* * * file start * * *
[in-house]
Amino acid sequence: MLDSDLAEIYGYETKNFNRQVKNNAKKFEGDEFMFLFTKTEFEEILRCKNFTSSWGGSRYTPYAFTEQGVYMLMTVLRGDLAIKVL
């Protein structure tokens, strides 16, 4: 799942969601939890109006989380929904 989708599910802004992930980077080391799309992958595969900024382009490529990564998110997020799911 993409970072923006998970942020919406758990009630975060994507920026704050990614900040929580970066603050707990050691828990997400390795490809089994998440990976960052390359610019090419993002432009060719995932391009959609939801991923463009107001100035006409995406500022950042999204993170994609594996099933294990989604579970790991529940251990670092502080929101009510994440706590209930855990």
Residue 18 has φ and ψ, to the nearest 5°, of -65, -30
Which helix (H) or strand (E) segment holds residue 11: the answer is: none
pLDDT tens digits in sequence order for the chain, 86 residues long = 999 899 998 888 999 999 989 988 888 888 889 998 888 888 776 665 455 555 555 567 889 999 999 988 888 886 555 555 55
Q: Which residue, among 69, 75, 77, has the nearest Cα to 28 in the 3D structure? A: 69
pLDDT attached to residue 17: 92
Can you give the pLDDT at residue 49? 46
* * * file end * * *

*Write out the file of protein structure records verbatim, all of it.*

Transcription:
[in-house]
Amino acid sequence: MLDSDLAEIYGYETKNFNRQVKNNAKKFEGDEFMFLFTKTEFEEILRCKNFTSSWGGSRYTPYAFTEQGVYMLMTVLRGDLAIKVL
């Protein structure tokens, strides 16, 4: 799942969601939890109006989380929904 989708599910802004992930980077080391799309992958595969900024382009490529990564998110997020799911 993409970072923006998970942020919406758990009630975060994507920026704050990614900040929580970066603050707990050691828990997400390795490809089994998440990976960052390359610019090419993002432009060719995932391009959609939801991923463009107001100035006409995406500022950042999204993170994609594996099933294990989604579970790991529940251990670092502080929101009510994440706590209930855990």
Residue 18 has φ and ψ, to the nearest 5°, of -65, -30
Which helix (H) or strand (E) segment holds residue 11: the answer is: none
pLDDT tens digits in sequence order for the chain, 86 residues long = 999 899 998 888 999 999 989 988 888 888 889 998 888 888 776 665 455 555 555 567 889 999 999 988 888 886 555 555 55
Q: Which residue, among 69, 75, 77, has the nearest Cα to 28 in the 3D structure? A: 69
pLDDT attached to residue 17: 92
Can you give the pLDDT at residue 49? 46